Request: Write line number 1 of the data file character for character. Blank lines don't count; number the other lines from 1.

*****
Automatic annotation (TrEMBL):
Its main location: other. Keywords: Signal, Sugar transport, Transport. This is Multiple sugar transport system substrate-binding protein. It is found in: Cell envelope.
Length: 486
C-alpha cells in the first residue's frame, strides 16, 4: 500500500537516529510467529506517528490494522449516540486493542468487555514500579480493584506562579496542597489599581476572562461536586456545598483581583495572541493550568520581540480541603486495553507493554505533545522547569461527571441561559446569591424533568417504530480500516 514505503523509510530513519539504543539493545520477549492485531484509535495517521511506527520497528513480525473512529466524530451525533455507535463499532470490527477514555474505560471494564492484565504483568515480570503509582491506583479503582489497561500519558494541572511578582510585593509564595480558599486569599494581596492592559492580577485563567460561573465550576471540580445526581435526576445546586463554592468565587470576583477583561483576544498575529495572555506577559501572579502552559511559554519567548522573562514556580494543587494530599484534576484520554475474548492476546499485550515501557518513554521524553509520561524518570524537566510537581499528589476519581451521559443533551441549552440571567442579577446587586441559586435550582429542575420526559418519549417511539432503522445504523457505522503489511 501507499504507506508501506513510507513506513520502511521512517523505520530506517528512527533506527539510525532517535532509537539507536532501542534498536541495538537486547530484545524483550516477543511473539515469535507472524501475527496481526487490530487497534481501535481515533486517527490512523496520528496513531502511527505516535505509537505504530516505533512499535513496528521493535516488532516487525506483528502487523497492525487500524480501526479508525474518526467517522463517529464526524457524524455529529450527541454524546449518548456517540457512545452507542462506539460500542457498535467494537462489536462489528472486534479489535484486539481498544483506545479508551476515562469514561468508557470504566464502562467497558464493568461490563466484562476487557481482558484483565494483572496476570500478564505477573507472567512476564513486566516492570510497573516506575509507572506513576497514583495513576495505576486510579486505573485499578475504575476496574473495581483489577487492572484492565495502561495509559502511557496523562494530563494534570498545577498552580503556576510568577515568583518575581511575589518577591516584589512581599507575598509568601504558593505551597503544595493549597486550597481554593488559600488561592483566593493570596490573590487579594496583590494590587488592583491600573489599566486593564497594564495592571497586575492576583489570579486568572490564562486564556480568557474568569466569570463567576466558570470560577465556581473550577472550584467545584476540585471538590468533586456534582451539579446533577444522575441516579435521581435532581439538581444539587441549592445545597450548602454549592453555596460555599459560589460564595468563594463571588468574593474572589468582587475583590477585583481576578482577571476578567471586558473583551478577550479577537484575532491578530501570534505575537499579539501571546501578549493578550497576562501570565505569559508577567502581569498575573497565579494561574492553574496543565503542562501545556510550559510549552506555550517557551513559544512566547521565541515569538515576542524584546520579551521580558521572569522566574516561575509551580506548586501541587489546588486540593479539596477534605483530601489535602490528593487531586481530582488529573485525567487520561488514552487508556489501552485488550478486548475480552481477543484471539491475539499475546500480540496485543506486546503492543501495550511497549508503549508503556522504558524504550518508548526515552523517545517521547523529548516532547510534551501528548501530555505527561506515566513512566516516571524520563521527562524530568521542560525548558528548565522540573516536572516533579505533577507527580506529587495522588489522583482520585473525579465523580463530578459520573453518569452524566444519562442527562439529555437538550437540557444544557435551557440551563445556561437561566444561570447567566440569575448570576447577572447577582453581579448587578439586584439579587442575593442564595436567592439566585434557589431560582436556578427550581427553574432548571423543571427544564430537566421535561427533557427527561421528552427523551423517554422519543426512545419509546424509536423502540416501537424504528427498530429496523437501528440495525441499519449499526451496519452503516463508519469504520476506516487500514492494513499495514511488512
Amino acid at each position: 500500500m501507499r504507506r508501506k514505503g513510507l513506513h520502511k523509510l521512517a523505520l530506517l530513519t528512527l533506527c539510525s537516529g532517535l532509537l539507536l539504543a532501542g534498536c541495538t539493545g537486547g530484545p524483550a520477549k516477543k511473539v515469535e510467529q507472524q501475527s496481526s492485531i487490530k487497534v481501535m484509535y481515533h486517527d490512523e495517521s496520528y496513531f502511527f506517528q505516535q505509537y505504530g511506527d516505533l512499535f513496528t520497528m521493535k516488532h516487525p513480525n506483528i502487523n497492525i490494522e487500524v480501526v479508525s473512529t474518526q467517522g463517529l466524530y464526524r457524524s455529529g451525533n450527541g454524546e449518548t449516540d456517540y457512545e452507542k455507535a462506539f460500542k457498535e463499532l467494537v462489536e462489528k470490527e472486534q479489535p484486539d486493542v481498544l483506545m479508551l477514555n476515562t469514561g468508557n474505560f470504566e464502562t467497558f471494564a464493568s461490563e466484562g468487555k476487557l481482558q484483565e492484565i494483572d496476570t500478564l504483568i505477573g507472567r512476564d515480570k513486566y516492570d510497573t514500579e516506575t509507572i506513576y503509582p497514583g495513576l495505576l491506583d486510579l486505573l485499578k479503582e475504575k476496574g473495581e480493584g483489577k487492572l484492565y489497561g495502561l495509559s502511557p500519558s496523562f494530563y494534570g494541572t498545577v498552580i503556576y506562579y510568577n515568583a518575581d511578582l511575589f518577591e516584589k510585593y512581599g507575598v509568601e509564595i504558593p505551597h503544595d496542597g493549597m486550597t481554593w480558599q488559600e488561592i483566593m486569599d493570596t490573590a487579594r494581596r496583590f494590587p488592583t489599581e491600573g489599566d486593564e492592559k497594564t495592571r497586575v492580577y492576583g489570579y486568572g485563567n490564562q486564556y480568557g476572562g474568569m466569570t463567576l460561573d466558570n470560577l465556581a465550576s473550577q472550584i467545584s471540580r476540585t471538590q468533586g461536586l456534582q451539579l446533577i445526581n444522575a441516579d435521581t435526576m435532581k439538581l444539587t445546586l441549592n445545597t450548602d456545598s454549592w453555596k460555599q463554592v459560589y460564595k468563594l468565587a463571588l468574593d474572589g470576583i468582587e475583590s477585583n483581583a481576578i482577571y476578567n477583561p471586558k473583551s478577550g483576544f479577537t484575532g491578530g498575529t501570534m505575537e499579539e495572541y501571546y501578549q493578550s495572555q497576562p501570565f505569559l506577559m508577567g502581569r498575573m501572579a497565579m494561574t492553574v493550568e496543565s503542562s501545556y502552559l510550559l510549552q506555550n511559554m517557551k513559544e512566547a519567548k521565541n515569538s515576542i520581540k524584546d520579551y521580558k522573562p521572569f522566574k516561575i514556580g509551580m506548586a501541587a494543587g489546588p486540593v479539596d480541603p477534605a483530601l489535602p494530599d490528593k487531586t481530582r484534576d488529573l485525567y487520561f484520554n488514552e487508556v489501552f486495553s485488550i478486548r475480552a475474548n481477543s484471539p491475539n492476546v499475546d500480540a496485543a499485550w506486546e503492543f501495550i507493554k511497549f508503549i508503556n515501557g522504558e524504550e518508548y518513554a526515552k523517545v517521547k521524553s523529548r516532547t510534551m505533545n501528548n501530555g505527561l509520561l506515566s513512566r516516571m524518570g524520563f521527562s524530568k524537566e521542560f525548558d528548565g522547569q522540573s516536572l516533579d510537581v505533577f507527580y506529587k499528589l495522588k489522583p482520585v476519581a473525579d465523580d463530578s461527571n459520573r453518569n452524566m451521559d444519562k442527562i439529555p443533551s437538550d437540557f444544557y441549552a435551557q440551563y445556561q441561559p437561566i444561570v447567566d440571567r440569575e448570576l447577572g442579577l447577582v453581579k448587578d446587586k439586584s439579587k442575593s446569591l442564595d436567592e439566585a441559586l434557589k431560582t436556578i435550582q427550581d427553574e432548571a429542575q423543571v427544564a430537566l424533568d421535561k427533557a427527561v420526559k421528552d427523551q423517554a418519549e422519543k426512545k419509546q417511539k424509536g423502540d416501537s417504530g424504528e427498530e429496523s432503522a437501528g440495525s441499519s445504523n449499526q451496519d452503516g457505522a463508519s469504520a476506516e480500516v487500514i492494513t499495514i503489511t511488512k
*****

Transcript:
Automatic annotation (TrEMBL):